[arin-ppml] Internet Fairness blah blah

Owen DeLong owen at delong.com
Mon Dec 22 16:15:01 EST 2014

> On Dec 22, 2014, at 11:57 , Milton L Mueller <mueller at syr.edu> wrote:
> Please. Will all the amateur economists announcing that markets don't work for finite resources take a look at 
> a) radio spectrum auctions

Yes, this is an excellent proof of the dysfunction of markets for finite resources! Thank you for pointing that out.
Also, this market is highly (albeit often poorly) regulated.

> b) land/real estate markets

Indeed, the foreclosure crisis and the predatory lending practices make good arguments here as well.
Significantly regulated, but many of the problems stem from lack of regulation and poor choices in regulations.

> c) ipv4 numbers in RIPE region, where needs tests for transfers were basically abolished

Insufficient time elapsed since that policy change and limited transparency make this a difficult case for evaluation and of dubious value.

> d) stock markets (there are a fixed number of shares for most companies)

But shares are fungible for the most part, and HFT makes a good argument that there is significant dysfunction here as well.
Poorly regulated due to ineffectual enforcement coupled with regulations that have not kept pace with technology and other industry changes, such as HFT.

> e) ....about 150 other examples one could provide if one wanted to waste further time

Such as the tulip mania of the 1600s?

> we've had this debate over and over again, for the past 6 years. It's boring and mostly useless. 

And yet you engage every single time.

> Nearly all ISPs outside of North Korea exist in a market economy. Ipv4 number markets are here. They are not going away unless scarcity goes away.

True. I don't think anyone is arguing to eliminate the market. Some of us are arguing that a well regulated market is a better choice than an unregulated market. You are (usually) arguing the opposite, that we should remove all regulation from the market. So much so that you seem to mistake efforts to preserve market regulation as an effort to eliminate the market.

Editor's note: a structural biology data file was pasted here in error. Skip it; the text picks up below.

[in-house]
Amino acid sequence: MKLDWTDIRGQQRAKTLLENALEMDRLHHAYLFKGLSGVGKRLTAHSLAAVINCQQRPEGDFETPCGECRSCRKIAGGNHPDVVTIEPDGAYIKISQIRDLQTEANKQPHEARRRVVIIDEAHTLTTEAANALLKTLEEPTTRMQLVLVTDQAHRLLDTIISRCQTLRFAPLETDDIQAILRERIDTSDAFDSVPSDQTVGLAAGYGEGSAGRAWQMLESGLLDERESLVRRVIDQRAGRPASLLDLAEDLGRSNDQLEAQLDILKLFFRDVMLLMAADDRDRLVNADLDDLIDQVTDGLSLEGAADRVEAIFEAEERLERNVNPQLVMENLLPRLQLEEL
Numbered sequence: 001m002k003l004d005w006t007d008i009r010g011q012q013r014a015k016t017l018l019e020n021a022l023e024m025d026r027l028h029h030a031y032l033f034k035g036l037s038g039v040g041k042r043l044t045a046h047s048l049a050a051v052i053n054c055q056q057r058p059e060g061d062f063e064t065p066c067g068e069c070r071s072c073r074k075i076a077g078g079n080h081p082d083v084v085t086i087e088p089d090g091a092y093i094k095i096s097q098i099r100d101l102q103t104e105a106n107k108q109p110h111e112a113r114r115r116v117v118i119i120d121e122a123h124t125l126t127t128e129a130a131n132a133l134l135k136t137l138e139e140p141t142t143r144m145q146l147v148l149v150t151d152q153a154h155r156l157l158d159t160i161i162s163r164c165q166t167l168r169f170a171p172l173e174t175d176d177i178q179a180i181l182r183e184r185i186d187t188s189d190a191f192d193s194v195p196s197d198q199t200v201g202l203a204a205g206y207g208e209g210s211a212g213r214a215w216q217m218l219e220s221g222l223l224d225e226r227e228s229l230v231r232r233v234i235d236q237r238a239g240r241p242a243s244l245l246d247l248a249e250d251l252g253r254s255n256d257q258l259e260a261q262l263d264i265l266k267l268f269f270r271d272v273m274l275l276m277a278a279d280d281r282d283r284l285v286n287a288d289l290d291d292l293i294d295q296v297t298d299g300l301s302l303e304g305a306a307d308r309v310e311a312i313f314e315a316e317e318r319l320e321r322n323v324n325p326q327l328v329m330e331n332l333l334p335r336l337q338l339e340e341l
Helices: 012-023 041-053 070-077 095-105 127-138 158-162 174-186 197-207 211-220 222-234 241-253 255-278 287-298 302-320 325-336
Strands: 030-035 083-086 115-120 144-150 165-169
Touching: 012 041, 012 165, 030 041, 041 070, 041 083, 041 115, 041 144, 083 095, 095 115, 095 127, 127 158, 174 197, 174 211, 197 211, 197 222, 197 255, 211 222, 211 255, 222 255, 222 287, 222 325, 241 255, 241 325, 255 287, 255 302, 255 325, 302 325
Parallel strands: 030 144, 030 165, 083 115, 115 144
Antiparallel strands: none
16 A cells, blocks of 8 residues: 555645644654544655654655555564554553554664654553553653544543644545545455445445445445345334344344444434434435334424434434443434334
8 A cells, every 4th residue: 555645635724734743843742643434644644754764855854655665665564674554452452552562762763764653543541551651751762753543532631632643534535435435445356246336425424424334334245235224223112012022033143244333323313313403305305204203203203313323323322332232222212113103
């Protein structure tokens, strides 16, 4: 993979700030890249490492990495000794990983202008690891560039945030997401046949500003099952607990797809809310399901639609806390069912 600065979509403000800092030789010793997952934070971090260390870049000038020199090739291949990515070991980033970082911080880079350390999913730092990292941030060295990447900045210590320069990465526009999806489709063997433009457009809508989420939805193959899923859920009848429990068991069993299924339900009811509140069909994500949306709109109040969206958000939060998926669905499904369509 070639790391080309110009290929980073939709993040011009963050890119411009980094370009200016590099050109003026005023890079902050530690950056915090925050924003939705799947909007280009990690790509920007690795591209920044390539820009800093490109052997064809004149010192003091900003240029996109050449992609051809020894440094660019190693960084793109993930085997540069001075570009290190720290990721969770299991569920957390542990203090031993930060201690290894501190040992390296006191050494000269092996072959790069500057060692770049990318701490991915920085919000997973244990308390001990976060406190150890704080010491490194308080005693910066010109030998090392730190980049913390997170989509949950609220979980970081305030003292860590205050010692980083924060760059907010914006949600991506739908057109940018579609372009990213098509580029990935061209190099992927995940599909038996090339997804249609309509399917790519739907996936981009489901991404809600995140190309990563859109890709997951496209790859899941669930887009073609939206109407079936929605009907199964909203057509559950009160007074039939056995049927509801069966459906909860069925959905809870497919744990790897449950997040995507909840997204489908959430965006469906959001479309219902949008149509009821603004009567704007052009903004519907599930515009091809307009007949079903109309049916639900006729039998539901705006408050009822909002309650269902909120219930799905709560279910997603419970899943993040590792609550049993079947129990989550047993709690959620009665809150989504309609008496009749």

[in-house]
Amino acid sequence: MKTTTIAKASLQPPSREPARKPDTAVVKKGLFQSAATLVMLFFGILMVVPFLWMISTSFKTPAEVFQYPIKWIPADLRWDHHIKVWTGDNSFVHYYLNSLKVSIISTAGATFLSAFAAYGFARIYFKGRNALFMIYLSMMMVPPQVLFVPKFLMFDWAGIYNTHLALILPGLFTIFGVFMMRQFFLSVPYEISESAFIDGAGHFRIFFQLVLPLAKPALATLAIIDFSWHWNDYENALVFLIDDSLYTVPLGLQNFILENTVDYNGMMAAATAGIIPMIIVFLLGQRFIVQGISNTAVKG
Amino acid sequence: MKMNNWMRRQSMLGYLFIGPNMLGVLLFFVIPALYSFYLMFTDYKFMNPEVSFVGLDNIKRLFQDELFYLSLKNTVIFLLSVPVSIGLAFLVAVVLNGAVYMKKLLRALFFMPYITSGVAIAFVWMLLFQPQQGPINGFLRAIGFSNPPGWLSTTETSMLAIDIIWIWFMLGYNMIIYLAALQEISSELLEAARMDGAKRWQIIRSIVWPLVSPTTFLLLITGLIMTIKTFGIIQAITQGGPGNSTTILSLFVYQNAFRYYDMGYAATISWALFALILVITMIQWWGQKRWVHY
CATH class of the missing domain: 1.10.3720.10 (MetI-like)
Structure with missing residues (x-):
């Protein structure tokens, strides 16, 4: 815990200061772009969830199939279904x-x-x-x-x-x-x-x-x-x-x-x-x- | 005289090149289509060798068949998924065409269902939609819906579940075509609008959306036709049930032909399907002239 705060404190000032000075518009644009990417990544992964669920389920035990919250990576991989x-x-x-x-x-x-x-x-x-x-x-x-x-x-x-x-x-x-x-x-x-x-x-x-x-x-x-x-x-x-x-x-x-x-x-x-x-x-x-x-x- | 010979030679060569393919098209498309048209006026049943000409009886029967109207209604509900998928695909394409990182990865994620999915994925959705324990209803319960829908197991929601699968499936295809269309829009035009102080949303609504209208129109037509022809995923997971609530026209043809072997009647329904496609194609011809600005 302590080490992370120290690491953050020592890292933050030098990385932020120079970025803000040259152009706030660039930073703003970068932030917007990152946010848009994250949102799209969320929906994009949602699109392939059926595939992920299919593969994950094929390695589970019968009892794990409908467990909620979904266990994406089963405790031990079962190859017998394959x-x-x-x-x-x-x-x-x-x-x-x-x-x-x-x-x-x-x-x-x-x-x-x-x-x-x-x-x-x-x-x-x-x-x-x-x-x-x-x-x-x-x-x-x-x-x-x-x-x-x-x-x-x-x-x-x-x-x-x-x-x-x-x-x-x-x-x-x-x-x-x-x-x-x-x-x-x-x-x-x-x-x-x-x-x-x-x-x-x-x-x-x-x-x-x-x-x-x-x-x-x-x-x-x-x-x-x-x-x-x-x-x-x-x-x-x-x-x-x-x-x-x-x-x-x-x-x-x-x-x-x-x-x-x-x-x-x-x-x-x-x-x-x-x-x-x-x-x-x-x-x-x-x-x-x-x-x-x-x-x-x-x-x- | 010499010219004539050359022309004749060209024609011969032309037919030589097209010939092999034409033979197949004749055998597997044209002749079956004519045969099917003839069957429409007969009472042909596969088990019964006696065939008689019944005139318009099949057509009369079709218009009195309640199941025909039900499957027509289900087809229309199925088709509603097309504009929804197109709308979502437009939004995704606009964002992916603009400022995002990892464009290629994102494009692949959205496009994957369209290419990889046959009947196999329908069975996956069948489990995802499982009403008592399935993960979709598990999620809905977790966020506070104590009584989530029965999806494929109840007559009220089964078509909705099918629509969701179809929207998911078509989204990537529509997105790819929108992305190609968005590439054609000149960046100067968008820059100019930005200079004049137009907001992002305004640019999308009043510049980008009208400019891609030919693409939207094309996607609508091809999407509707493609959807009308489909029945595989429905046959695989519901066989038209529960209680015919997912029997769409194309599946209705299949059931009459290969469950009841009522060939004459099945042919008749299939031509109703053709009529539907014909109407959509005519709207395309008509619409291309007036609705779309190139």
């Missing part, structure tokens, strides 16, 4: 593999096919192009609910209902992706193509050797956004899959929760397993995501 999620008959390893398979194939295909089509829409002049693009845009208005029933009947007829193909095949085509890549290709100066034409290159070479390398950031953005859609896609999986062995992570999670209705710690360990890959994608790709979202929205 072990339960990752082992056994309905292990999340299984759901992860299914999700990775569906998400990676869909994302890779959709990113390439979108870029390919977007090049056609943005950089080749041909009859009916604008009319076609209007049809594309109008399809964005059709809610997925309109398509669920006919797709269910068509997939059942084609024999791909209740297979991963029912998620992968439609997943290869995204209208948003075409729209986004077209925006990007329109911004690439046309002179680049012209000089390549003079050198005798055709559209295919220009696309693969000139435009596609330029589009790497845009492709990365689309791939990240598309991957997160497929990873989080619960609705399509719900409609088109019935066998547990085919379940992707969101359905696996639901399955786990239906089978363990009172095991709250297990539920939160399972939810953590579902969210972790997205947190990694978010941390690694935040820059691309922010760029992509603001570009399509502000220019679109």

> Useful discussions of this topic focus will on a particular policy proposal (e.g., 2014-14), will base their arguments for or against particular provisions of a policy on sound techno-economic analysis and not on opinions regarding "fairness" or "capitalism," and will take account of real things happening in the real world (such as ipv4 number block leases, RIPE policies, etc.). 

I'll make most of my comments on this paragraph off-list as they are not of general interest to the community.

Since Fairness _IS_ one of the underlying requirements for us to adopt a policy, I think that opinions regarding fairness are quite important to our discussions and deliberations. Like it or not, people's sense of fairness is central to their decision making. Research has shown time and time again that people who believe they were treated unfairly will act even to their own detriment in order to disadvantage those that wronged them. This is human nature and our community is made up of humans.


More information about the ARIN-PPML mailing list